Consumer Financial Protection Bureau Considers Repealing Payday Loan Rule

Published June 25, 2019

The Consumer Financial Protection Bureau (CFPB) is considering revision or repeal of an Obama-era regulation aimed at clamping down on some of the practices of lenders that provide small-dollar, high-interest, short-term loans.

The Payday Lending Rule finalized in January 2017 under former CFPB Director Richard Cordray was set to go into effect on August 19, 2019. The rule also targets single-payment car title loans, in which borrowers use their car or truck title for collateral, and loans requiring a single, large, balloon payment.

Further, under the rule’s Mandatory Underwriting Provisions, payday lenders would have to confirm their borrowers’ ability to repay short-term loans of up to 45 days without incurring late-payment penalties, such as higher interest rates, while meeting living expenses.

The CFPB has extended the deadline for complying with the 2017 rule until November 19, 2020, the bureau announced on June 6, giving the agency time to finalize the payday lending rule. The CFPB could issue a revision of the loan regulations at any time in the next few months.

Reducing Credit Access

Payday loans often have annual interest rates of 300 percent to 400 percent, and borrowers can fall into a “payday debt trap” in which they have to take out new short-term loans in order to pay off existing ones.

In its 2017 rulemaking, the CFPB found cutting back on payday loans would reduce access to credit in low-income neighborhoods, said Thomas Pahl, policy associate director for the research, markets, and regulations division of the CFPB, at a hearing before the House Oversight and Government Reform Committee’s Subcommittee on Economic and Consumer Policy on May 16.

“The Bureau found [in 2017] that these Mandatory Underwriting Provisions would result in a decrease of between 51 and 52 percent in the number of payday loans consumers take out and a reduction in revenue [to lenders] of between 67 to 68 percent,” Pahl testified.

“[In addition] there would be a decrease of between 89 and 93 percent in the number of short-term vehicle title loans consumers take out,” Pahl stated.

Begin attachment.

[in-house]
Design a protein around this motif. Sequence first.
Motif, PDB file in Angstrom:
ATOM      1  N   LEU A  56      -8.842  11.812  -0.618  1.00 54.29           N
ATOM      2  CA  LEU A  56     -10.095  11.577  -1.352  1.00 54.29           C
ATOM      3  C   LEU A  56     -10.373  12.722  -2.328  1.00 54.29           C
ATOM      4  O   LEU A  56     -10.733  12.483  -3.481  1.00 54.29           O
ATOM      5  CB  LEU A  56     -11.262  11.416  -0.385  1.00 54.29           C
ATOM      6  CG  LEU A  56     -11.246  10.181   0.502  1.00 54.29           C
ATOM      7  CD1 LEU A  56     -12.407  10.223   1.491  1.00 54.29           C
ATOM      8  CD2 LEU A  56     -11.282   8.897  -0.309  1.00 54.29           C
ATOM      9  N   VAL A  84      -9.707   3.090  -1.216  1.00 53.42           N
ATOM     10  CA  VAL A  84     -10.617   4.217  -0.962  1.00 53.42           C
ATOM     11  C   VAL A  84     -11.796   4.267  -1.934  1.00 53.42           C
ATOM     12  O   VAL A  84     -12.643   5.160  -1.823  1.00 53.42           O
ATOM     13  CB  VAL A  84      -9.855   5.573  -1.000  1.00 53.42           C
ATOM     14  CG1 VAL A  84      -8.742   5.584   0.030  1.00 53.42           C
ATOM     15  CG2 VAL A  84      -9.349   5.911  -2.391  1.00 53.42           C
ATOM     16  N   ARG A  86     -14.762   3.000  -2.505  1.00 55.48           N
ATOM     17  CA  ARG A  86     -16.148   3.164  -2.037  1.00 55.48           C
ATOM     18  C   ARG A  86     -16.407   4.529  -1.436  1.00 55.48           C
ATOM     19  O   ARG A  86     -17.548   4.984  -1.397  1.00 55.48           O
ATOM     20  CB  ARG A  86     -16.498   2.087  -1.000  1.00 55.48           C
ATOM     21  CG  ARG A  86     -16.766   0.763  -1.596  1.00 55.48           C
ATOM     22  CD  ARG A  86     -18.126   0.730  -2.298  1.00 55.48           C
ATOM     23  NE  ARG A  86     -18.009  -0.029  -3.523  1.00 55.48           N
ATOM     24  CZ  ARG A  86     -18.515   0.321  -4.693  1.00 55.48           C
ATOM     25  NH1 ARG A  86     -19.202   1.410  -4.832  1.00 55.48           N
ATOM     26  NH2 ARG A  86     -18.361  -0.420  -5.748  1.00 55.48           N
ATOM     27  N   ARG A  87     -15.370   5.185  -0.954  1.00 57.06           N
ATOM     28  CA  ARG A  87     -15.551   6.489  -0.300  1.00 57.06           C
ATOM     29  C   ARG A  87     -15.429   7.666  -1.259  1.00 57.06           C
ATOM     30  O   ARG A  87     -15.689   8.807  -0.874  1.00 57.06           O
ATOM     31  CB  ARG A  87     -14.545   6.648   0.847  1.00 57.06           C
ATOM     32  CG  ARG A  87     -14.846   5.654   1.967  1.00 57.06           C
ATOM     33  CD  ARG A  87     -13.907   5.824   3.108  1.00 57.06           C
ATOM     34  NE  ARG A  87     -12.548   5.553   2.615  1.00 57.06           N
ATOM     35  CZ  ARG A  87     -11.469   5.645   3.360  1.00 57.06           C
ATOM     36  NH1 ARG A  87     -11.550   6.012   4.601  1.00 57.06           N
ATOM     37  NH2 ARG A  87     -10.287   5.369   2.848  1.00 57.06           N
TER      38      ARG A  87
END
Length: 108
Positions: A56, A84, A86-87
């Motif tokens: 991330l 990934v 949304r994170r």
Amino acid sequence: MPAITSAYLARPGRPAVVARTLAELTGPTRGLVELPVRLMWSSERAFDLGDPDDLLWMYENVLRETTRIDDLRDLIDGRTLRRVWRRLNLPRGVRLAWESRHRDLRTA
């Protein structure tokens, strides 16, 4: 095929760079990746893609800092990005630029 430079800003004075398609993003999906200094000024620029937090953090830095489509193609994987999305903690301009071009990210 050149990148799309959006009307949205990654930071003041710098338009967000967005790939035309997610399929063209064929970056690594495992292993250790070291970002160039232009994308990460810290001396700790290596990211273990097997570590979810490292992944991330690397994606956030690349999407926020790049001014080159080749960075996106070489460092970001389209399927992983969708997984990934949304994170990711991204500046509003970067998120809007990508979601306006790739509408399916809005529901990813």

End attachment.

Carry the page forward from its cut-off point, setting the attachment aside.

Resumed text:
Restricting ‘Avenues of Credit’

The bureau decided to revisit the 2017 proposal, says Pahl, because of questions about the basis for the regulation.

“The Bureau has come to have serious doubts as to whether the appropriate legal standards were applied, and whether the evidence was sufficiently robust and reliable to support the Bureau’s determination that small dollar lenders engage in an unfair or abusive act or practice if they make loans without making a reasonable determination that consumers can repay them,” Pahl testified.

There was little evidence given for the rule when it was implemented, says Norbert Michel, director of data analysis at The Heritage Foundation’s Institute for Economic Freedom.

“The original rule had no real data supporting it,” Michel said. “In revising the rule, the CFPB is doing its job of protecting consumers by leaving open avenues of credit to those in need,” Michel said.

‘A Win for Consumers’

The costs the payday loan rule imposes on consumers and the loan industry far outweigh any benefits, says Daniel Press, a policy analyst at the Competitive Enterprise Institute.

“The original payday lending rule was one of the most detrimental regulations ever issued by the CFPB,” Press said.

The 2017 restrictions on payday loans would cause difficulties for low-income borrowers, says Press.

“Put forward under the guise of consumer protection, the rule would have stripped valuable financial services away from some of the most vulnerable people in society,” Press said. “The decision by the Trump administration to preserve consumer choice and access to credit is the right one.

“Rescinding the payday loan rule is a win for consumers, allowing individuals—and not Washington bureaucrats—to decide what is best for themselves.” Press said.

Bonner R. Cohen, Ph.D. ([email protected]) is a senior fellow at the National Center for Public Policy Research.

Internet Info

Thomas Pahl, Statement before the House Committee on Oversight and Reform, Subcommittee on Economic and Consumer Policy, Consumer Financial Protection Bureau, May 16, 2019: